Getting a Canadian pilot’s licence [Part 7: Changing your flight school]

While not a part of every pilot’s training path, sometimes for one reason or another, you have to change flight schools. Read on to find out how I did it and what I suggest you keep in mind when changing your flight school. As always, make sure you check out the other posts in this series.


I’ve changed flight schools a few times by now and just recently had to withdraw from my latest . It is not something I would recommend as it can severely impact your progress toward a licence in terms of time and, evidently, money. I will not go into the reasons for changing flight schools nor how to decide it’s time to change. This is something for you to decide if you’re not happy with your progress. I definitely suggest you discuss it with your instructor and with the Chief Flight Instructor of your school.

Before you leave

There are two important documents you need to take from your current flight school: your certified logbook and your certified PTR (Pilot Training Record).

The logbook is a record kept by you of all your flight hours and exercises. It’s a good idea to verify it against your PTR every once in a while to make sure the hours and flights match. Have the CFI or your instructor sign off on the hours in your logbook.

The PTR will be submitted to Transport Canada as proof that you have completed the required exercises and as a record of your progress. It is imperative that your instructor completes the necessary information after each flight. When leaving your flight school have the CFI or your instructor sign off on your hours.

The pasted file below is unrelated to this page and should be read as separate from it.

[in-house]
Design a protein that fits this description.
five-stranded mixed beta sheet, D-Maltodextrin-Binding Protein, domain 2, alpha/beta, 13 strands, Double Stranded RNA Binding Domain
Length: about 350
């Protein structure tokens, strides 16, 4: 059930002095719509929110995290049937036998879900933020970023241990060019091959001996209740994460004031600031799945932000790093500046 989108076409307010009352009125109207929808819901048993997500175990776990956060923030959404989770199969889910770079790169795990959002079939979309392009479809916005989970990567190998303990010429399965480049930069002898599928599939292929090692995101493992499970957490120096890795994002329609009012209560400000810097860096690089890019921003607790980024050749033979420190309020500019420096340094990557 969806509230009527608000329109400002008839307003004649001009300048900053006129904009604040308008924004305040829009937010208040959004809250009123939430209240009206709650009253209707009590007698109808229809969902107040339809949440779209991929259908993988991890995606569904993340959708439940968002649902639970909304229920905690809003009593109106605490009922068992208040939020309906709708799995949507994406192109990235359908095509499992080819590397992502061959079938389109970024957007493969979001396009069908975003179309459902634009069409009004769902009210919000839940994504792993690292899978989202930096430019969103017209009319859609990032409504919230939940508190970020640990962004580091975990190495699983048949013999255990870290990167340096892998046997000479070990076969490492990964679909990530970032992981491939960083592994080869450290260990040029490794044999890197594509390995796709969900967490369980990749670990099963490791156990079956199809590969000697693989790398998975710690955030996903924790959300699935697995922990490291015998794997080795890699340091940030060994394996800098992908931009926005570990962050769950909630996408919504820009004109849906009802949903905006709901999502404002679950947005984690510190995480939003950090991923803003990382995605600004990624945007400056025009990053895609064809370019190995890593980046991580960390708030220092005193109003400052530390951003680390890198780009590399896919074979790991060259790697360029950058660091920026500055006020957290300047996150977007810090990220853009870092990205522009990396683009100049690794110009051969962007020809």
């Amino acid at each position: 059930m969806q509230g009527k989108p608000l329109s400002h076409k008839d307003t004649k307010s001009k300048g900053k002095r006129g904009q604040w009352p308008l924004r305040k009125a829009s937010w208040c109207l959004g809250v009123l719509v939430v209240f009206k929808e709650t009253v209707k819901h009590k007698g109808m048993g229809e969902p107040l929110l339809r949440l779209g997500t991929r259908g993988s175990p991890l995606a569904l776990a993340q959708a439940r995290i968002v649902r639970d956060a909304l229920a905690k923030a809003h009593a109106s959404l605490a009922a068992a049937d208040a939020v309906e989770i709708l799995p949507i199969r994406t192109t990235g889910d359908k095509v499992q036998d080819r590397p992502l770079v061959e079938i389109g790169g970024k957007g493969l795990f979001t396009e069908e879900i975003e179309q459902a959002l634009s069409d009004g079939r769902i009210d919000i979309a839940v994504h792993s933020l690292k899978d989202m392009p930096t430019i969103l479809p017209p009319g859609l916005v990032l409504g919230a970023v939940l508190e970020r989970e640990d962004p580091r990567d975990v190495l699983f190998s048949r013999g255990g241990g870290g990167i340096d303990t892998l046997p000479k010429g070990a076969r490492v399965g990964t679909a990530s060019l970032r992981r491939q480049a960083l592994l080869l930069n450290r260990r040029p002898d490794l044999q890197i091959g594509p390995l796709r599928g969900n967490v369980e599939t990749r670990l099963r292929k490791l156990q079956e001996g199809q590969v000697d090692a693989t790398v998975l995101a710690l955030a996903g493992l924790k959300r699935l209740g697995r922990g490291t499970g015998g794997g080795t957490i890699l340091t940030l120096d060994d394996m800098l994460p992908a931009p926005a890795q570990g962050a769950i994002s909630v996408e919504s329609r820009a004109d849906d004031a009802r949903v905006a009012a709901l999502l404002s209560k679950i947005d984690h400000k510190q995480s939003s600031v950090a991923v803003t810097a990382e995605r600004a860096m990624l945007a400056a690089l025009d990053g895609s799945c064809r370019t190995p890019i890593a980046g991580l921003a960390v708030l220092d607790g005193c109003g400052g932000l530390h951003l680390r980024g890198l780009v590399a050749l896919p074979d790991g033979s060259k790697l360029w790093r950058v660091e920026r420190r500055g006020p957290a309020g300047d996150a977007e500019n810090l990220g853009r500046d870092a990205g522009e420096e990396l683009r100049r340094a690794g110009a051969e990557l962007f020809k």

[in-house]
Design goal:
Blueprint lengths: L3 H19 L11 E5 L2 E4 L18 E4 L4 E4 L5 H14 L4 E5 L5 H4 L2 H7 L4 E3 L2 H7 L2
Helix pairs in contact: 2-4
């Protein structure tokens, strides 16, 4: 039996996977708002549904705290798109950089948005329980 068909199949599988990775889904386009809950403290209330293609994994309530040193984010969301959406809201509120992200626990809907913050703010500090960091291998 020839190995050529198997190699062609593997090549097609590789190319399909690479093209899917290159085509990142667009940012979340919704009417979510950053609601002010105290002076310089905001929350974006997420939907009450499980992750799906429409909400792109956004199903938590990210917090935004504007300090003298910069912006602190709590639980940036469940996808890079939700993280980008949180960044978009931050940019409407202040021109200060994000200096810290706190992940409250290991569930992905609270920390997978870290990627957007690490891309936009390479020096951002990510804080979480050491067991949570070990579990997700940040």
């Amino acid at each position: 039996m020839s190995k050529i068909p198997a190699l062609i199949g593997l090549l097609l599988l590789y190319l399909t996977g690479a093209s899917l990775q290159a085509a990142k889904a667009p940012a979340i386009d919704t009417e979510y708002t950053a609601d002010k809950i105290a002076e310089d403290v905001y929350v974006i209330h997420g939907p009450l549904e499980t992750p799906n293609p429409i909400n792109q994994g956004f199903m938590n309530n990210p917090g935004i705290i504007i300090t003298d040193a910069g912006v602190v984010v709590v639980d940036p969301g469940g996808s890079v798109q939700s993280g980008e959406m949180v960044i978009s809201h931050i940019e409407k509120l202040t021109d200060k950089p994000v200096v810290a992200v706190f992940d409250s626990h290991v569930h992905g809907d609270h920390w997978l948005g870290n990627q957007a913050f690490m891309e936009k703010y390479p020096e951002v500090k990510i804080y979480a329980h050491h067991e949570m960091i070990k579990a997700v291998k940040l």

When signing off, make sure they include the following:

  • Current date
  • Name (printed preferably)
  • Licence number
  • FTU (Flight Training Unit)
  • Hours certified to: date of last flight

At your new school

The first time you go for a lesson your new flight instructor will do a long ground brief to get an idea of what you know and what you need to go over. This usually includes some aircraft familiarization (find information in the POH) and a chat about your goals and timeline for completing your training.

Once you get back in the air, start a new page in your PTR and logbook for your new flight school. This will make easy to determine when you started there.

If you were unhappy with your previous school, let your new instructor know what you didn’t like but keep it professional, say it once and leave it at that. Don’t resort to personal attacks or anything of the sort. There is just no need for it.

Happy flying and I look forward to your comments!